A 35 year old woman, who is receiving continuous renal replacement therapy for renal failure associated with abdominal sepsis, is noted to have a platelet count of 40 x 109/L. How will you manage this problem?
In this setting thrombocytopenia may be due to decreased platelet production, increased consumption or aggregation. This question should have been approached as a simple practical problem. One needs to obtain a complete history to understand whether this is an acute or a chronic problem, whether the patient is on platelet lowering drugs, did it coincide with heparin use, is there evidence of sepsis, DIC, is there a history of SLE, ITP, malaria etc. Investigations will include heparin antibody, blood film coagulation screen, and DIC screen. If no other cause is found, marrow aspiration may be indicated. Management will consist of ceasing heparin and other implicated drugs, treating underlying infection, platelet transfusion if bleeding occurs or if surgery is contemplated.
The college insists we approach this as "a simple practical problem". However, one should not that they do not ask one to make a diagnosis, but how would you manage the problem without knowing the cause?
The following list of generic steps applies to thrombocytopenia of any cause:
Minimise platelet destruction
- Withhold heparin and rationalise the indications for heparin, eg.:
- Use alternative anticoagulants for the extracorporeal circuit (citrate comes to mind but there are numerous others)
- Use mechanical thromboprophylaxis or LMWH
- Rationalise the use of dialysis
- Manage the sepsis with appropriate antibiotics and resuscitation (as sepsis improves, DIC will resolve)
- Address specific destructive aetiologies with appropriately targeted therapies, eg.:
- Plasmapheresis for TTP
- High dose methylprednisone for MAHA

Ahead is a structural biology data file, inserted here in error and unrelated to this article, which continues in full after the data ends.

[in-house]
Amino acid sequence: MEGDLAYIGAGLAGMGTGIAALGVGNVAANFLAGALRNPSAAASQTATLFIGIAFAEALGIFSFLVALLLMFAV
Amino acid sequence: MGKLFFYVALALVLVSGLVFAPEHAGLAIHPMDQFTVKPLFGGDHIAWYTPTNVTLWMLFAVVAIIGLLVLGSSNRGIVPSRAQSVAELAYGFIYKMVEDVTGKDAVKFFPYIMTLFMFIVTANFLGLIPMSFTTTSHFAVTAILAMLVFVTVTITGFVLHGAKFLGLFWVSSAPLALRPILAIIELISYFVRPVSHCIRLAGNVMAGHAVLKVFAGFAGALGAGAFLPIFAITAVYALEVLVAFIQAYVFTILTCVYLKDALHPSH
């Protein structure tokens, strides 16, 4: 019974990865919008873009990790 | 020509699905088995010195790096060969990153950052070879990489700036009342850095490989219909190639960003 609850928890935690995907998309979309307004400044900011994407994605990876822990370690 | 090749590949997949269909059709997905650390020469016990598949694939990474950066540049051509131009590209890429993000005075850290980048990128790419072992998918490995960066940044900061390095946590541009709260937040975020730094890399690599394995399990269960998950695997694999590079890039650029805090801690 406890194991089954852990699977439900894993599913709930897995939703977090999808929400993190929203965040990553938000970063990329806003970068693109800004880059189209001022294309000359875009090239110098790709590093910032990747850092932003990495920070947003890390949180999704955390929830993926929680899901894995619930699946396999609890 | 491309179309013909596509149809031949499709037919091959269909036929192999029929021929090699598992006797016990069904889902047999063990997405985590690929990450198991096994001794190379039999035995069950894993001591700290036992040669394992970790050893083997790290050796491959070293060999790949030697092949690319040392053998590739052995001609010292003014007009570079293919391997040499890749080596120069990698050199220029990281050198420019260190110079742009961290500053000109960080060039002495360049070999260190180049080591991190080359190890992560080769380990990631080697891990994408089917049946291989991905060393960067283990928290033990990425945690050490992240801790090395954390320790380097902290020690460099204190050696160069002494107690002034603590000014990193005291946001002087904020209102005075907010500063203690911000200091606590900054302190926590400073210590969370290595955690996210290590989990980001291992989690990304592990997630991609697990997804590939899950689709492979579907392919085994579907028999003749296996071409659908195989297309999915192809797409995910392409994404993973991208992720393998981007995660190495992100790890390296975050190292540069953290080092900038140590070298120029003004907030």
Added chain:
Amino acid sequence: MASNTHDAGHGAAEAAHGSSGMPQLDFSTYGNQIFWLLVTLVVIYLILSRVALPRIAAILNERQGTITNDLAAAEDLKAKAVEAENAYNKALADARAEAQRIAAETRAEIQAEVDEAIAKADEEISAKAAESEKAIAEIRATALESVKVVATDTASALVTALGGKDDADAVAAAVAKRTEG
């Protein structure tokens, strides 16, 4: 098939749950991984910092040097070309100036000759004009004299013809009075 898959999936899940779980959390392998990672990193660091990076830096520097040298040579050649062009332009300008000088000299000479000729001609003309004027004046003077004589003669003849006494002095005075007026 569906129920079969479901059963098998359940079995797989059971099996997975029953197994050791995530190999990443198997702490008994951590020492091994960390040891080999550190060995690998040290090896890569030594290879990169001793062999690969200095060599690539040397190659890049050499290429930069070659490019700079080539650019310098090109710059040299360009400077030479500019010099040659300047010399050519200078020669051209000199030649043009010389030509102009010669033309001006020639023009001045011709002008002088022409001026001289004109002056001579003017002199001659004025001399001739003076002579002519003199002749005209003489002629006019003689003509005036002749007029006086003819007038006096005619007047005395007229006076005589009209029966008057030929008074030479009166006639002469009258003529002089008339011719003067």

- Delivery for HELLP
Maximise platelet production
- Ensure supply of haematinics is uninterrupted
- Optimise nutrition, focusing on vitamins and trace elements
- Withhold or rationalise any drugs which are bone marrow toxins
- Correct the correctable causes of bone marrow failure and liver disease
- Think about thrombopoietin receptor agonists (eg. eltrombopag) - some promising results have come from the RAISE trial (Cheng et al, 2010)
Protect the patient from complications of thrombocytopenia
- Cancel or postpone all nonessential invasive procedures
- Cover unavoidable procedures with transfusion of pooled platelets (up to a level of 50)
- For neurosurgical procedures (or lumbar puncture, etc) aim for a level above 100
- Otherwise, keep the level above 20
(the above numbers derived from recommendations made by Van der Linden et al, 2012)
Diagnosis is more complicated. The differential diagnosis of thrombocytopenia is broad:
Decreased platelet production
Increased platelet destruction
Dilution of platelets
In order to simplify one's answer, one may be able to narrow this range to the causes which are relevant to the critically septic patient on dialysis:
- Diluted sample
- Platelet aggregates
- Decreased production
- Antibiotic-associated thrombocytopenia (eg. linezolid)
- Sepsis-associated bone marrow suppression
- Preexisting condition (eg. malignancy)
- Increased destruction
- Consumption in DIC
- Consumption by dialysis circuit
- Consumption due to HITS
- Autoimmune destruction
This is a more manageable list.
One would organise the following investigations in order to work through it:
- Peripheral blood smear, and a repeat platelet count in a citrated tube
- DIC screen: coagulation tests, D-dimers and fibrinogen
- Vitamin B12 level and full blood count
- HITTS screen: anti-platelet factor 4 antibody and platelet aggregation tests
- Autoimmune screen, including tests for SLE and other vasculitic diseases
- ADAMTS13 screening for TTP
- Bone marrow biopsy
The links point to brief explanatory notes for these tests, which one may find in the local chapter on thrombocytopenia.
Stasi, Roberto. "How to approach thrombocytopenia." ASH Education Program Book 2012.1 (2012): 191-197.
Casonato, A., et al. "EDTA dependent pseudothrombocytopenia caused by antibodies against the cytoadhesive receptor of platelet gpIIB-IIIA." Journal of clinical pathology 47.7 (1994): 625-630.
Castro, Christine, and Mark Gourley. "Diagnostic testing and interpretation of tests for autoimmunity." Journal of Allergy and Clinical Immunology 125.2 (2010): S238-S247.
Arepally, Gowthami M., and Thomas L. Ortel. "Heparin-induced thrombocytopenia." New England Journal of Medicine 355.8 (2006): 809-817.
Chong, B. H., J. Burgess, and F. Ismail. "The clinical usefulness of the platelet aggregation test for the diagnosis of heparin-induced thrombocytopenia." Thrombosis and haemostasis 69.4 (1993): 344-350.